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Ophthalmology. 2009 Feb;116(2):270-4. doi: 10.1016/j.ophtha.2008.09.018. Epub 2008 Dec 16.

Visual impairment and vision-related quality of life in working-age adults: findings in the 1958 British birth cohort.

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  • 1MRC Centre of Epidemiology for Child Health, Institute of Child Health, University College London, London, London, United Kingdom.



To describe the prevalence of impaired vision and its relative burden, together with the prevalence of impaired vision-related quality of life (VRQOL), and investigate associations with social outcomes in a contemporary and nationally representative population of working age adults.


Population-based cross-sectional study.


We included 9330 members of the 1958 British birth cohort at age 44 and 45 years.


"Habitual" and "best achieved" distance visual acuity in each eye, binocular near vision acuity and stereoacuity (three dimensional/depth perception) were tested during a broader biomedical examination. VRQOL was assessed using the Vision-related Quality of Life Core Measure 1 (VCM1), a validated, 10-item, self-complete instrument. Logistic and proportional odds ordinal logistic regression were used to calculate odds ratios (ORs) of the association of VRQOL with visual acuities and social outcomes.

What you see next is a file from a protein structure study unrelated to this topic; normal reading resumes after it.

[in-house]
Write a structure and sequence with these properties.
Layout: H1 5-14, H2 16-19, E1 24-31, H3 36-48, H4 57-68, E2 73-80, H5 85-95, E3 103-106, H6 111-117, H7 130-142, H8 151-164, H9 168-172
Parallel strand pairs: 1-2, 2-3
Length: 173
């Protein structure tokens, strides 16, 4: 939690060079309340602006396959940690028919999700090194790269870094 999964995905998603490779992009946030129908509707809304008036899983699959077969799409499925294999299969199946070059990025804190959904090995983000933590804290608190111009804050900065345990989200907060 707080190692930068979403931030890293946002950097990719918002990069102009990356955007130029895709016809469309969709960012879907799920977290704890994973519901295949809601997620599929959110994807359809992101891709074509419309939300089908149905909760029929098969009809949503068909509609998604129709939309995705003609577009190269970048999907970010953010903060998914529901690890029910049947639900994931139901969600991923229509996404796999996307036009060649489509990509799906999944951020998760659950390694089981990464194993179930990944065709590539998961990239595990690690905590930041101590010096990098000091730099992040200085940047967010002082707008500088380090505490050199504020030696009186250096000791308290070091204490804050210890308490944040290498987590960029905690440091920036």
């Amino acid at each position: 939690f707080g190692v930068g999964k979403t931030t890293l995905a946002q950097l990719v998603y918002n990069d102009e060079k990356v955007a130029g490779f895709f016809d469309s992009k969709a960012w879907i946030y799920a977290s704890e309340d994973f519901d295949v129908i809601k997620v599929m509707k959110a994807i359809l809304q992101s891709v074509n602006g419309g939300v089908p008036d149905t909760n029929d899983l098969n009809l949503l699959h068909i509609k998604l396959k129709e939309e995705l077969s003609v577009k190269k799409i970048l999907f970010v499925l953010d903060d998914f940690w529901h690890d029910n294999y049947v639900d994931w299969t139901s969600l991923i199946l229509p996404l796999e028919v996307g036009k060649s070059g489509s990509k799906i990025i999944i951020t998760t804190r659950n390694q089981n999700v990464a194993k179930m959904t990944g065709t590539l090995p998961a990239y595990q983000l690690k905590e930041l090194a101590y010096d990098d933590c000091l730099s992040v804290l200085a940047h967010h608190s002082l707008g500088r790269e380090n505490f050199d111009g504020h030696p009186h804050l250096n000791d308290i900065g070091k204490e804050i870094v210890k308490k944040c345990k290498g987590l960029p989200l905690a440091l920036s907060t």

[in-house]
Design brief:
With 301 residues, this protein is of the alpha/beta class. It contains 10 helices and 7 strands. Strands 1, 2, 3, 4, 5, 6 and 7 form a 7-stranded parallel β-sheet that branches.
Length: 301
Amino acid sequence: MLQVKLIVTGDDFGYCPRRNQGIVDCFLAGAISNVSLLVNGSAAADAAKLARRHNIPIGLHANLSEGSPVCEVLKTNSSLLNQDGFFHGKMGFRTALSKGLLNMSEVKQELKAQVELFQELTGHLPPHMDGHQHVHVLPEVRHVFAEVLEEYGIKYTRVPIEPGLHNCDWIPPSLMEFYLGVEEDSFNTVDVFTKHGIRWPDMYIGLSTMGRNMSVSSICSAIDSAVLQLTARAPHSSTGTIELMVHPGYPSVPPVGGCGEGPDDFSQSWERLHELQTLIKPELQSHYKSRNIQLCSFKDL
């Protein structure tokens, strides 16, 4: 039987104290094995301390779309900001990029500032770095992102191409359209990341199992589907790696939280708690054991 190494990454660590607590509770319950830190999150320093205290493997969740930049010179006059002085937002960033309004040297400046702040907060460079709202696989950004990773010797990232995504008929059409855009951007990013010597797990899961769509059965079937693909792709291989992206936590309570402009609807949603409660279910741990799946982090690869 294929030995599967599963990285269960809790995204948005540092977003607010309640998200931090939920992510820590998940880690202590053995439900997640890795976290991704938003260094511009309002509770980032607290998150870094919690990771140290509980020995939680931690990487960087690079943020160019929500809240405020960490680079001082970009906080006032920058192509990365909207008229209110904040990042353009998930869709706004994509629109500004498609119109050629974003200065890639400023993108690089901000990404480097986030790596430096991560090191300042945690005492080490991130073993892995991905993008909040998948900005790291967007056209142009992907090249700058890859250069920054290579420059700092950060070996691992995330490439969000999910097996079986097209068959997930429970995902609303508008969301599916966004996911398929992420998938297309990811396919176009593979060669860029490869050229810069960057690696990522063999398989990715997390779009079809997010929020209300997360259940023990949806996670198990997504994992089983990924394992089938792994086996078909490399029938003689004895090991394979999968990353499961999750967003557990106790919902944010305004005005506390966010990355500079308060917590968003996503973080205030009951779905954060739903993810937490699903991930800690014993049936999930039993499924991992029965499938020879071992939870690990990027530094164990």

Distance, near, and stereo acuities and VRQOL and social outcomes.


Of the 1.3% (124) of those with visual loss that precluded driving, a further 0.75% (70) were visually impaired or severely visually impaired and 0.15% (14) blind, the latter accounting for 19% total population (all ages) burden of blindness. Impairment of VRQOL is strongly associated with impaired distance, near, and stereo vision, as well as with adverse occupational and other social outcomes. However, VRQOL impairment is also sometimes reported with unilateral or mild bilateral visual loss.


Although impaired vision in working age adults is relatively uncommon, it confers important adverse consequences for the "health and wealth" of the public. This may be captured best by assessment of VRQOL in addition to objective visual function. Ophthalmic disorders occurring or impacting in middle life should be given a higher priority than currently in national and international strategies against avoidable visual disability.


Proprietary or commercial disclosure may be found after the references.

[PubMed - indexed for MEDLINE]
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